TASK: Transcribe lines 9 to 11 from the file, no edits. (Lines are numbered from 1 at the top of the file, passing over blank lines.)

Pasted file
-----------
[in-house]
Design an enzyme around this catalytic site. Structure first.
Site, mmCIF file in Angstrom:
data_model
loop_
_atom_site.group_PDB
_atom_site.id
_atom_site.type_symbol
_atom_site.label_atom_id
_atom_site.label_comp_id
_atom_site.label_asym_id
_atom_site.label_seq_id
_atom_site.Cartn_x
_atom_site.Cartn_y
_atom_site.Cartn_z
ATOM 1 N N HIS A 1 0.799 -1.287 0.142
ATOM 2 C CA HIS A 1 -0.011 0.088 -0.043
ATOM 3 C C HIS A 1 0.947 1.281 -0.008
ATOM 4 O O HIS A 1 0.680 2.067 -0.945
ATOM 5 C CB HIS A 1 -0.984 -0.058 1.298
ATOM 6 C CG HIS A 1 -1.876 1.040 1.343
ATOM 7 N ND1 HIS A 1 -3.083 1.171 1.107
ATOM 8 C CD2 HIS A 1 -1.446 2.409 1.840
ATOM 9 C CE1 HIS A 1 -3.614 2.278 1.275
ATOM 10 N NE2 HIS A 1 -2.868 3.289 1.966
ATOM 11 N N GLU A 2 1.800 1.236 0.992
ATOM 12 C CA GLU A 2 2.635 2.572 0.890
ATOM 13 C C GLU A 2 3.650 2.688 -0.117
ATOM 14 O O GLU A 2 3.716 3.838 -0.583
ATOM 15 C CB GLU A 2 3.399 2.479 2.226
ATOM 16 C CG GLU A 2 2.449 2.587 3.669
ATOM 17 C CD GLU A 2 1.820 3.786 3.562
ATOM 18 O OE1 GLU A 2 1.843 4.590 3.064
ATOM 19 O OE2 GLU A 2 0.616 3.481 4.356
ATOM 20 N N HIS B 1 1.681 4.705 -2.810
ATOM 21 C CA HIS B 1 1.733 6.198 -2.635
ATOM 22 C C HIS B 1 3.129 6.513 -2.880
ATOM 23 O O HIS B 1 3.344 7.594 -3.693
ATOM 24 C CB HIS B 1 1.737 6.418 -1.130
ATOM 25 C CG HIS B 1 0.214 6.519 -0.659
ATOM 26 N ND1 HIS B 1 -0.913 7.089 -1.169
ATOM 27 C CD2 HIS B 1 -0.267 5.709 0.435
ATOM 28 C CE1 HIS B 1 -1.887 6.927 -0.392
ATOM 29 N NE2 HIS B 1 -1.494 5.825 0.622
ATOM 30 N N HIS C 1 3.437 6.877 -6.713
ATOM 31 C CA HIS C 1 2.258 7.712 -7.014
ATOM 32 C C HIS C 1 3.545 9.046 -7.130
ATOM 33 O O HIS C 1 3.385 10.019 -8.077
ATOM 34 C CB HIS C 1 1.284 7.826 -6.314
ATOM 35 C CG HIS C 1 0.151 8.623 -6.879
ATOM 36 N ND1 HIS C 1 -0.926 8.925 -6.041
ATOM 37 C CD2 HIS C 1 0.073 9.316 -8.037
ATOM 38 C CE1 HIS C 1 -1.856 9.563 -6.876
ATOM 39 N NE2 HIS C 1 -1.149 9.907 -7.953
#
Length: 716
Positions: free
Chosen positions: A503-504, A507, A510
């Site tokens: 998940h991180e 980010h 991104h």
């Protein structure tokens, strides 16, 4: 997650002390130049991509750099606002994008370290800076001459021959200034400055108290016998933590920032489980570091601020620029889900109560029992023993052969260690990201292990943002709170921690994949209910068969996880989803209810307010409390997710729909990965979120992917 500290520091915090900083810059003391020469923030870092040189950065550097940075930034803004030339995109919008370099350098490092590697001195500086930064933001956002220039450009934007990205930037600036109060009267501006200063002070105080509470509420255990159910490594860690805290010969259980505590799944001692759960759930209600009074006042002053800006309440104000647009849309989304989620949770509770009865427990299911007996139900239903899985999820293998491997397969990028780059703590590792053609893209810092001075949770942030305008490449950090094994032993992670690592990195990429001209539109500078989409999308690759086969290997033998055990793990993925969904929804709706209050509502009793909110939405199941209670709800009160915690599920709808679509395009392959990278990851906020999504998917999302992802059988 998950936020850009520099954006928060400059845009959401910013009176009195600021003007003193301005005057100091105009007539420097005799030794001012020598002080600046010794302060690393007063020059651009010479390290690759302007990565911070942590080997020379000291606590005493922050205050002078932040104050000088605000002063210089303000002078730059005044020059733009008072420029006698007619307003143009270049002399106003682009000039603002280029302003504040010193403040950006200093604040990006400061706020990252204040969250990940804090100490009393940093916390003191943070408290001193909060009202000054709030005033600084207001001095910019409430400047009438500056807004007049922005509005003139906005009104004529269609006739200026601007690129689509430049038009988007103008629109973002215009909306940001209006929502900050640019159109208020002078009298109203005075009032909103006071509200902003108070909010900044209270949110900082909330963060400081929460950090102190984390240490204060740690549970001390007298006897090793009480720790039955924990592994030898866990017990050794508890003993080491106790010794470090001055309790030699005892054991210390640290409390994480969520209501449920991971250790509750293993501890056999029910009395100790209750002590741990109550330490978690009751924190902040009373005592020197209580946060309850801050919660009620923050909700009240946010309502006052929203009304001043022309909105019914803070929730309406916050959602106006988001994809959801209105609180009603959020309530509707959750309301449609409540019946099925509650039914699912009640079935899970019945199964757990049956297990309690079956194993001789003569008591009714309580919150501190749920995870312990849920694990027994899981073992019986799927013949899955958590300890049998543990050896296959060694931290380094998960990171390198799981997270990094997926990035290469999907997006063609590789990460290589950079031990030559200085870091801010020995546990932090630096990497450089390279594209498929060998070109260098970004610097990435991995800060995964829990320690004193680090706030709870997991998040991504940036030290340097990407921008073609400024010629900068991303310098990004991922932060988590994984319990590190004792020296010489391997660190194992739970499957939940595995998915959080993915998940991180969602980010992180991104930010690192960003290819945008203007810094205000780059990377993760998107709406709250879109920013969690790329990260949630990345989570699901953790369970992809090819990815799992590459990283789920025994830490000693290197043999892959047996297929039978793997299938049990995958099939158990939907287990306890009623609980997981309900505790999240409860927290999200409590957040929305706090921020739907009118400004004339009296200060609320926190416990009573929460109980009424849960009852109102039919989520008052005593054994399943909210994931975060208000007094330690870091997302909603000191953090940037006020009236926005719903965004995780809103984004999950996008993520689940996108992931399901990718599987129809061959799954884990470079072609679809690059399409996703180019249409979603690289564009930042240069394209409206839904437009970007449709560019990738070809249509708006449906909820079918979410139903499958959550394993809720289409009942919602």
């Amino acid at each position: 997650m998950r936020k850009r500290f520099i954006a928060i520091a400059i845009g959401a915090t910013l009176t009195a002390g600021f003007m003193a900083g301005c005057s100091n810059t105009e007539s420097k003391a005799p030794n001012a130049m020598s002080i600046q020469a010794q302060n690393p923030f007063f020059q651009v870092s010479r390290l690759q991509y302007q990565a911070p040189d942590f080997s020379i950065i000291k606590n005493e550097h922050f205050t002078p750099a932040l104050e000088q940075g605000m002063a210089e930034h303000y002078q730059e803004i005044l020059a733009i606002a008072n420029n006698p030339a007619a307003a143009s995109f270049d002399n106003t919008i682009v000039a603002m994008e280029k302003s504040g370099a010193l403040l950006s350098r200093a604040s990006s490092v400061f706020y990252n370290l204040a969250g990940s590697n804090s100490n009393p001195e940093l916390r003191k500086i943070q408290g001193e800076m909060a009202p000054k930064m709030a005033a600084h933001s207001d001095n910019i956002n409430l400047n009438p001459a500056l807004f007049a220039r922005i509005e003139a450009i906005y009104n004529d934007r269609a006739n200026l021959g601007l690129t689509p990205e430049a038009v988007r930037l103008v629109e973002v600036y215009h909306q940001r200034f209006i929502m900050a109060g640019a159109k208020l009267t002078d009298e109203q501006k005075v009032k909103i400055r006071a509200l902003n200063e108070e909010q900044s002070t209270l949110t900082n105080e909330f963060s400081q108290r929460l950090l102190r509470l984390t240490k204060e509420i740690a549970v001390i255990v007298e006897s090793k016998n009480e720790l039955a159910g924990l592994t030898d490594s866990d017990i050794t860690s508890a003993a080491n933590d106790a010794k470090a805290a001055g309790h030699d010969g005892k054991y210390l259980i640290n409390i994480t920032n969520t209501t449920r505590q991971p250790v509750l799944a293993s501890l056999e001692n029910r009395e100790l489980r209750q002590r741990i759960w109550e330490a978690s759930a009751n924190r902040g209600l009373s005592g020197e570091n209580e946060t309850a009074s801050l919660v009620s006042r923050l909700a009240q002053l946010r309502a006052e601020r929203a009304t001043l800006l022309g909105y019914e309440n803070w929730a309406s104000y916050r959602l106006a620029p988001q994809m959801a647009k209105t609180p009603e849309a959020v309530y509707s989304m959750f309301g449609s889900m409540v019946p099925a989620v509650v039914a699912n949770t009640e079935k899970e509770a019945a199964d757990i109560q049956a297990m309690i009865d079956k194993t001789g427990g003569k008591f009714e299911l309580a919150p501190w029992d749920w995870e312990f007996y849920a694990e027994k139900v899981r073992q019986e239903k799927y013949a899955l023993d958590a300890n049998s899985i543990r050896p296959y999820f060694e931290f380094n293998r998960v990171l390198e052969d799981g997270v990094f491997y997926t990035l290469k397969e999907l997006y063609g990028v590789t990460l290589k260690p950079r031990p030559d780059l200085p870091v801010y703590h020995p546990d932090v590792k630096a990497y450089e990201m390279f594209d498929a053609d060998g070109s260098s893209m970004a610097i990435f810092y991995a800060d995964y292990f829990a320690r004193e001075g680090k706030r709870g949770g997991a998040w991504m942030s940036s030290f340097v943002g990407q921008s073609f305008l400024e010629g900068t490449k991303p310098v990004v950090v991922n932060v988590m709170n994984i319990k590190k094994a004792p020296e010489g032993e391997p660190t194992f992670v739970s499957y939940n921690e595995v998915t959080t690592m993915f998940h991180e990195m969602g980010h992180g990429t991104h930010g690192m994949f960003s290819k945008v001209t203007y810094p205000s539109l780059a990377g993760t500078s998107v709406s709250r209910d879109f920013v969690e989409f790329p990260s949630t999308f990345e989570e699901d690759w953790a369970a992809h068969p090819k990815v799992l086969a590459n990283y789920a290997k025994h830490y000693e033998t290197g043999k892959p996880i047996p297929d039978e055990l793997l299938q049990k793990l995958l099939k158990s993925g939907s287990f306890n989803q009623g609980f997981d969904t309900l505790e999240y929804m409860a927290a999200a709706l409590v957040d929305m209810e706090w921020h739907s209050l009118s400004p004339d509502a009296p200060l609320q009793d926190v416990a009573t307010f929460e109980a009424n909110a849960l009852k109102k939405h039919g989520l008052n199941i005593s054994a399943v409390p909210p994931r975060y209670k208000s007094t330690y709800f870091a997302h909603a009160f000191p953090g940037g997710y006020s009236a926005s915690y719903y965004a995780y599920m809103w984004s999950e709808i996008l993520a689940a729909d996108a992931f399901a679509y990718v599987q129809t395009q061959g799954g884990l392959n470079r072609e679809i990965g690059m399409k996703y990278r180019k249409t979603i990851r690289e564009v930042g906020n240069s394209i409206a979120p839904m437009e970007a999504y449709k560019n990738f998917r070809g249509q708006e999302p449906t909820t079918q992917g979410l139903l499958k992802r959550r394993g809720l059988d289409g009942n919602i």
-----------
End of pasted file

_atom_site.label_atom_id
_atom_site.label_comp_id
_atom_site.label_asym_id